Writing Summer Institute: Introduction to College Writing
Participants of the Writing Summer Institute will receive UCLA credit for the following course(s):
- English Composition 50 – Writing Workshop (2 units)
The Writing Summer Institute: Introduction to College Writing serves as a basic introduction to critical reading and academic writing. More broadly still, the Writing Summer Institute will help orient you to all matters of language and communication at the university. It is a bigger task than you might imagine. If you think of it, you'll realize that every comment you make in class and every e-mail you write to an instructor or counselor occurs in a social context that is new to you as a first-term college student. We'll attend, therefore, to those small bits of class-related communication in addition to exams and formal essay assignments. By the end of the term, you should find that the Writing Summer Institute: Introduction to College Writing has prepared you to speak, write, and learn more effectively in all of your courses.
Faculty and Instructors
Donald Vincent, MFA
Donald Vincent is a writer, poet, and recording artist. He studied Writing and Public Relations as an undergraduate at Loyola University, Maryland. After graduating, he earned an MFA in Creative Writing with a concentration in Poetry at Emerson College in Boston, MA. While pursuing his MFA, he gained technical writing and public speaking skills as a Community Preparedness Specialist in the National Preparedness Division for the Federal Emergency Management Agency. He was honored as a fellow in the first Emergence Program for professionals in the emergency and disaster management field by the Center for Defense and Homeland Security. Most of his work centers around benefitting the community. He hosted Mr. Hip Presents, a reading series for poets, spoken word artists, and jazz musicians in Boston and New York for 4 years. After leaving Boston, he ventured to New York City to promote press freedom advocacy as PEN America’s Community Outreach Coordinator for their Press Freedom Incentive Fund. He began teaching Rhetoric and Composition courses at Emerson College in 2012 and has been teaching English Composition at UCLA since 2018. His first book of poetry, Convenient Amnesia, will be published by Broadstone Book in summer 2020. He is originally from Washington, DC and currently resides in Boyle Heights (Los Angeles, CA) and at https://hidonaldvincent.com.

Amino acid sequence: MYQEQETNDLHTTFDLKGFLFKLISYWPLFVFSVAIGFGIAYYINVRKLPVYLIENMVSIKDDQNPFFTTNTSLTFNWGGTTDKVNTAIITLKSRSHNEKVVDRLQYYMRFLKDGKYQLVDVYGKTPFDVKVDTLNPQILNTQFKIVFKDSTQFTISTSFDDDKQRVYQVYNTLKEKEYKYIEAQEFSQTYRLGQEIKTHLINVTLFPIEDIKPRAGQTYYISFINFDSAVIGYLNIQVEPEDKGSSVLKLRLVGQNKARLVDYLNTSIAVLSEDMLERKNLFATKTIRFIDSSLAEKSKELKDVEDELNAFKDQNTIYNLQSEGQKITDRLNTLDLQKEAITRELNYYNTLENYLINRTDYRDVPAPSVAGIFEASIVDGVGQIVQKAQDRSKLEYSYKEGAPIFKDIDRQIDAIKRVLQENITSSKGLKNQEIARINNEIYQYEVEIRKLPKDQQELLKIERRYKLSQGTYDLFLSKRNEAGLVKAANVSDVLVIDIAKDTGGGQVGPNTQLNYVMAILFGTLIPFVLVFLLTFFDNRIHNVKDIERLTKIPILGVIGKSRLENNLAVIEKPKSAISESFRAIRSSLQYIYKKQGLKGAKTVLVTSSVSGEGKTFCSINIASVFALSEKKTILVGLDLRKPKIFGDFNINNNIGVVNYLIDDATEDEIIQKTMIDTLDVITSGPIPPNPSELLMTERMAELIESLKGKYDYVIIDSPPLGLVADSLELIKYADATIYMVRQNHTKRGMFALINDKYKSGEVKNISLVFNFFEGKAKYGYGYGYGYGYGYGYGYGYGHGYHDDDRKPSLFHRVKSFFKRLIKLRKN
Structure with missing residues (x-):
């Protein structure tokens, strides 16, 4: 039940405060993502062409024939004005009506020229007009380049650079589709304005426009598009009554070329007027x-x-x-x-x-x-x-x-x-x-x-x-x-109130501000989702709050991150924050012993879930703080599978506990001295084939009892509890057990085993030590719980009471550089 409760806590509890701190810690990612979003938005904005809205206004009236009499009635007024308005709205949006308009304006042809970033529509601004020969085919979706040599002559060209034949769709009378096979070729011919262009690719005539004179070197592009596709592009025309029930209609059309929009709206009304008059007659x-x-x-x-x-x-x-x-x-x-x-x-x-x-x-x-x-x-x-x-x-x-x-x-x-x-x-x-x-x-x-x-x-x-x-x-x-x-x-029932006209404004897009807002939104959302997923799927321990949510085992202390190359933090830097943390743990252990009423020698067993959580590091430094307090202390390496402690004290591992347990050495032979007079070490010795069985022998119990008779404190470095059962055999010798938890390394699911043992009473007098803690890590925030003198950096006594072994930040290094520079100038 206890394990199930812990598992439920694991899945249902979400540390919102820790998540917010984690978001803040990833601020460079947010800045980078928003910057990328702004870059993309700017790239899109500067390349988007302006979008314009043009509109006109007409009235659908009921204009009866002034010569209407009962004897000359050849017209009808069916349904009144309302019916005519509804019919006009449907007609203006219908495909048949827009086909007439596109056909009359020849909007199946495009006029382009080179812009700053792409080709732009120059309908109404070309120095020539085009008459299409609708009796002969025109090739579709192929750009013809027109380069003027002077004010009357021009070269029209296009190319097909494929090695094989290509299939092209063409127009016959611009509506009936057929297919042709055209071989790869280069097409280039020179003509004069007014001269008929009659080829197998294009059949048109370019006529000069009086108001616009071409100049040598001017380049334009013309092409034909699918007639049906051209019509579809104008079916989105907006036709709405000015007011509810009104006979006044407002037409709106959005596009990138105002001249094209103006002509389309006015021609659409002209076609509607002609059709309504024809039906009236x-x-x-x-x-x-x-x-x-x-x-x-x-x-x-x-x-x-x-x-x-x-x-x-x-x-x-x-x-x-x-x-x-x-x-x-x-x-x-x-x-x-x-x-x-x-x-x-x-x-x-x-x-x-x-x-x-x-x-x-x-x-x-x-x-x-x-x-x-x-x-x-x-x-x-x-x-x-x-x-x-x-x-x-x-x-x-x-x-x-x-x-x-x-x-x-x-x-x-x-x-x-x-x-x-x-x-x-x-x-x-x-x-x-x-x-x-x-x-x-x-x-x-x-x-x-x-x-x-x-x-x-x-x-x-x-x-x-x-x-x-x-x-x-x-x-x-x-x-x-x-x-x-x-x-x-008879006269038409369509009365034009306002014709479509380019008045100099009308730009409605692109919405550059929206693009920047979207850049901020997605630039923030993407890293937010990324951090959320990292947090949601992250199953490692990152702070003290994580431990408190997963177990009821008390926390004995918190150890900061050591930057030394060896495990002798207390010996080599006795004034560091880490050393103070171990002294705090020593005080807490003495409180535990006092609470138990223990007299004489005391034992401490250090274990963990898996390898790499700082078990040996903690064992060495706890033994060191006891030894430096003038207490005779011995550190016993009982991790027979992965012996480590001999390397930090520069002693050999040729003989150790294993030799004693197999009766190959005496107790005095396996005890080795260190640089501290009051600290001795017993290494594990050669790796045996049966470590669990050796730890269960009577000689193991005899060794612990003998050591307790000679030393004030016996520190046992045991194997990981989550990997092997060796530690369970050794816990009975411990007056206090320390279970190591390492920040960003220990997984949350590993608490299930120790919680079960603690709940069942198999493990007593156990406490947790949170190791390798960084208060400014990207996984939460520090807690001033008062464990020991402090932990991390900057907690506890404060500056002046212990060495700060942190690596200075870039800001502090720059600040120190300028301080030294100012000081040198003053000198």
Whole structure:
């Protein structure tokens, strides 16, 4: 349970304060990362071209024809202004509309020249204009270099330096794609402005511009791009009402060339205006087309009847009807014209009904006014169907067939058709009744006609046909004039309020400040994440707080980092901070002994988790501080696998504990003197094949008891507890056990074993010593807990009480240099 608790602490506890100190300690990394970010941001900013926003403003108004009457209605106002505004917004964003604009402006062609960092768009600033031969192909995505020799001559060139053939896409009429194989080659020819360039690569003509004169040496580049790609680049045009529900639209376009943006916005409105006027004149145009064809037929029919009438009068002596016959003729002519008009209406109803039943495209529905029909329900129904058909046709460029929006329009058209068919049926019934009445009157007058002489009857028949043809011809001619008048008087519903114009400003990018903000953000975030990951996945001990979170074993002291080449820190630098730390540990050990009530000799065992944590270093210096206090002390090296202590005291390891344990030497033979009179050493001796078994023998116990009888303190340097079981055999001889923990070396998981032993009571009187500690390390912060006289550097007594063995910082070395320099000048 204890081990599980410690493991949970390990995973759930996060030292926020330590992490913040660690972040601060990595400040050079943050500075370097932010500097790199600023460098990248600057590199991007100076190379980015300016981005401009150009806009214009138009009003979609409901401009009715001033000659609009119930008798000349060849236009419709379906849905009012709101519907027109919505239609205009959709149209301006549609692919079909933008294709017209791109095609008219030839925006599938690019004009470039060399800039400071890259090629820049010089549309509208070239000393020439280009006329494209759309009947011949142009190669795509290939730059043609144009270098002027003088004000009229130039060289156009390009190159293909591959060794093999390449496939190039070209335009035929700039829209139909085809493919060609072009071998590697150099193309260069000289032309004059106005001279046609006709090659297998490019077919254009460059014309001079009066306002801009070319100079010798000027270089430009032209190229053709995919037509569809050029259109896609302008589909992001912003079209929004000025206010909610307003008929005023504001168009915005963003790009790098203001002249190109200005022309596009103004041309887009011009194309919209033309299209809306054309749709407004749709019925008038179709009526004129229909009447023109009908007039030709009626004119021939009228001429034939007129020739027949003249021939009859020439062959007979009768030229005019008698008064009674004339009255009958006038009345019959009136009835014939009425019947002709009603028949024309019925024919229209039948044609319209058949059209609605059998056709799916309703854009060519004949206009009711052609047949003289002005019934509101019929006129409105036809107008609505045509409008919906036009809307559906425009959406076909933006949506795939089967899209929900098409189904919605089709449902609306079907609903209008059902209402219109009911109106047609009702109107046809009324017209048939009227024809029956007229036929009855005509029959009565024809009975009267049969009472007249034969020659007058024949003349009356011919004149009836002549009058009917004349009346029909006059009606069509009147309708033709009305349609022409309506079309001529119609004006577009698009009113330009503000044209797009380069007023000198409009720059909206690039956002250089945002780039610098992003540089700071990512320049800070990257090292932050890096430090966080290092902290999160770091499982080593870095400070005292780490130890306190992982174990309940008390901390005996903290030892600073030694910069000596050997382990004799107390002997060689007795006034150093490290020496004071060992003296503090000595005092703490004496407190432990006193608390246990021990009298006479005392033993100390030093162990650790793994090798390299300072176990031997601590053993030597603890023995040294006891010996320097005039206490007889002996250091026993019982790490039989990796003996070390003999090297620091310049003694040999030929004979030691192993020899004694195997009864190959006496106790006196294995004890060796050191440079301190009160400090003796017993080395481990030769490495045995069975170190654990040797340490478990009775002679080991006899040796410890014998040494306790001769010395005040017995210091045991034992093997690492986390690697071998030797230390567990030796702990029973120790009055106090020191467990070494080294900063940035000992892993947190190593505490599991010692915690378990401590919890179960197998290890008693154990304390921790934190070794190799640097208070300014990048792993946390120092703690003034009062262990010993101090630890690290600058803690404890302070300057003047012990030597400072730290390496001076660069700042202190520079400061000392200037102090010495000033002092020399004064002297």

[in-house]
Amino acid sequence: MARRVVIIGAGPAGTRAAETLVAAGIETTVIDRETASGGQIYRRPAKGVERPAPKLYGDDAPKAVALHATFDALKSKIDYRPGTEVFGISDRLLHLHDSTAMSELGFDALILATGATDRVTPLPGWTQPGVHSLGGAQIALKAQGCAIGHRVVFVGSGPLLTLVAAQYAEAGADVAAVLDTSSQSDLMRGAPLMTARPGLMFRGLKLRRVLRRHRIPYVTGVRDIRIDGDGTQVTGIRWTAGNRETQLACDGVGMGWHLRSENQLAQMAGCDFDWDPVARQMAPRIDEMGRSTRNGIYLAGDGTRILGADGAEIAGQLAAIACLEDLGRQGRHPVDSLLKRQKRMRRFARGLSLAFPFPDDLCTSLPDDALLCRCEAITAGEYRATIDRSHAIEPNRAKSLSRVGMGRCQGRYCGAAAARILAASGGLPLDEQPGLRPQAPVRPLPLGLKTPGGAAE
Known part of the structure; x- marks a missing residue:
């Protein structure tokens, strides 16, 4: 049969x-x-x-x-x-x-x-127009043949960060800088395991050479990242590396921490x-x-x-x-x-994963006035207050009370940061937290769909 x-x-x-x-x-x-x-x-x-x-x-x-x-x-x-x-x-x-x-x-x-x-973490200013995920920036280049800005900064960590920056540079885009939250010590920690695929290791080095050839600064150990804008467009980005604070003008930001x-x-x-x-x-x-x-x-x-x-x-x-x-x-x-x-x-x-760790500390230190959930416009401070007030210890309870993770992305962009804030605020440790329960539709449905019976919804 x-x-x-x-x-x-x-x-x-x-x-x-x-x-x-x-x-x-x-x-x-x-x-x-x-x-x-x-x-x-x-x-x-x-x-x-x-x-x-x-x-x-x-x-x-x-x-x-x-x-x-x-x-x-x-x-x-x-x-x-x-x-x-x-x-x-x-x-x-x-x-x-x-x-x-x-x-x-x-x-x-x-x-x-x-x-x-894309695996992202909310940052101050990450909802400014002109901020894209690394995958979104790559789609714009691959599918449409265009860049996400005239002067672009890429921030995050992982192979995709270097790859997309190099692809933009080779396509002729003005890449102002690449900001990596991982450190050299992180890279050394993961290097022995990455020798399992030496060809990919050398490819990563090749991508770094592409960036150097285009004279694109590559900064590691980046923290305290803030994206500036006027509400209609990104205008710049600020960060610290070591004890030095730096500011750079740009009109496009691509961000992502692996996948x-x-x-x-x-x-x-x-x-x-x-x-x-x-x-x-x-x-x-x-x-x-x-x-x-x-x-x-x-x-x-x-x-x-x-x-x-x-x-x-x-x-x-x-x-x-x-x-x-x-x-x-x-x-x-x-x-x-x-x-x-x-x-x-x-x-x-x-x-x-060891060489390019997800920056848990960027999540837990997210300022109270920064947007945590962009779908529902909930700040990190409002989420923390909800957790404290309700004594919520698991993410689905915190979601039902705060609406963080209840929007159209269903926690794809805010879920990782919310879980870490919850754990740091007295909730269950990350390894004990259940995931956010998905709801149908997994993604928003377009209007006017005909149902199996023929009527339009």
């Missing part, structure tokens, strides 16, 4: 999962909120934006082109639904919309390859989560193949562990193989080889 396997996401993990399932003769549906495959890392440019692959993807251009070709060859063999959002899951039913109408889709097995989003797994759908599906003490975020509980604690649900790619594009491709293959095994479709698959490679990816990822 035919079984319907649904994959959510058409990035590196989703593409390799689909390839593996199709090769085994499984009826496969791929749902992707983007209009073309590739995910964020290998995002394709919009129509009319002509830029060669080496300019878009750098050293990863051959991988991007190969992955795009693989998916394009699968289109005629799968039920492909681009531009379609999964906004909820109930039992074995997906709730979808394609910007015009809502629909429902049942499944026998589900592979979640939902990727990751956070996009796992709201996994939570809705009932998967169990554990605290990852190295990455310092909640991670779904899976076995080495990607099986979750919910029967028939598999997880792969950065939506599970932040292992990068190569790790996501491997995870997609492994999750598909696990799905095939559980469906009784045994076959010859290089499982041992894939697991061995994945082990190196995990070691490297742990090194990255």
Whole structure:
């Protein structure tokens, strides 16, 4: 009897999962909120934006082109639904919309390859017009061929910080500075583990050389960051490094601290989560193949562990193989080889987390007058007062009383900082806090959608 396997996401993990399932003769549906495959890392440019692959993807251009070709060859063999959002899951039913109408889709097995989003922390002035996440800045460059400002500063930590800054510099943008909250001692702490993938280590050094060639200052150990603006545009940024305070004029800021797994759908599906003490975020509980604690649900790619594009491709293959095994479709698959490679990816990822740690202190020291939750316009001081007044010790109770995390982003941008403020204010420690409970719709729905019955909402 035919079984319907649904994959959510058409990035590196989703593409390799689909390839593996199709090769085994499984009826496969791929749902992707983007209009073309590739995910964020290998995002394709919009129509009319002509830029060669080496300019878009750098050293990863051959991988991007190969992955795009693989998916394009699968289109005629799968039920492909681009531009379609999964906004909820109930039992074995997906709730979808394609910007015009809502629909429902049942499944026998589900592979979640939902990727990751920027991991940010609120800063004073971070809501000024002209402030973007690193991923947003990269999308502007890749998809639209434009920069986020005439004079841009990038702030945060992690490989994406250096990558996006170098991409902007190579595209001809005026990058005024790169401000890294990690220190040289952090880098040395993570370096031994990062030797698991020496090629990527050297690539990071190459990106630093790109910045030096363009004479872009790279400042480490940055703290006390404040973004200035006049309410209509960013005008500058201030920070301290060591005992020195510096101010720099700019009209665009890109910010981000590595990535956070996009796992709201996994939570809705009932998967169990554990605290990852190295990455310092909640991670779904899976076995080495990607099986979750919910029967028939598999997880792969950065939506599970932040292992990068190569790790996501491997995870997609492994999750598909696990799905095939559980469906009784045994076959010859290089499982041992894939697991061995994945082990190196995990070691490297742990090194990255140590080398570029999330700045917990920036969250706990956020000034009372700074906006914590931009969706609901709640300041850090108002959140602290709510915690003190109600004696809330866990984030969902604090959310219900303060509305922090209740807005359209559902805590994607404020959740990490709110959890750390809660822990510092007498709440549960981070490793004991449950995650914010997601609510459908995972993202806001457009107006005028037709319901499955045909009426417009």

UCLA Contact Email: firstname.lastname@example.org
Darien Battle Johnson
Darien received his BA in Journalism and Mass Communications from the University of Minnesota-Twin Cities and his MFA in Theatre from Brown University. He joined UCLA Writing Programs in 2018 where he currently teaches a range of classes from EC1 to 100W, and courses within the Professional Writing Minor program. He has worked over the years as a professional journalist, theatre artist, sales manager, small-business owner, Government account coordinator, bartender, and a master soft-serve ice cream cone maker. His teaching work focuses on media, performance, race, politics, public policy, world affairs, popular culture, as well as business and entrepreneurship.
UCLA E-mail: email@example.com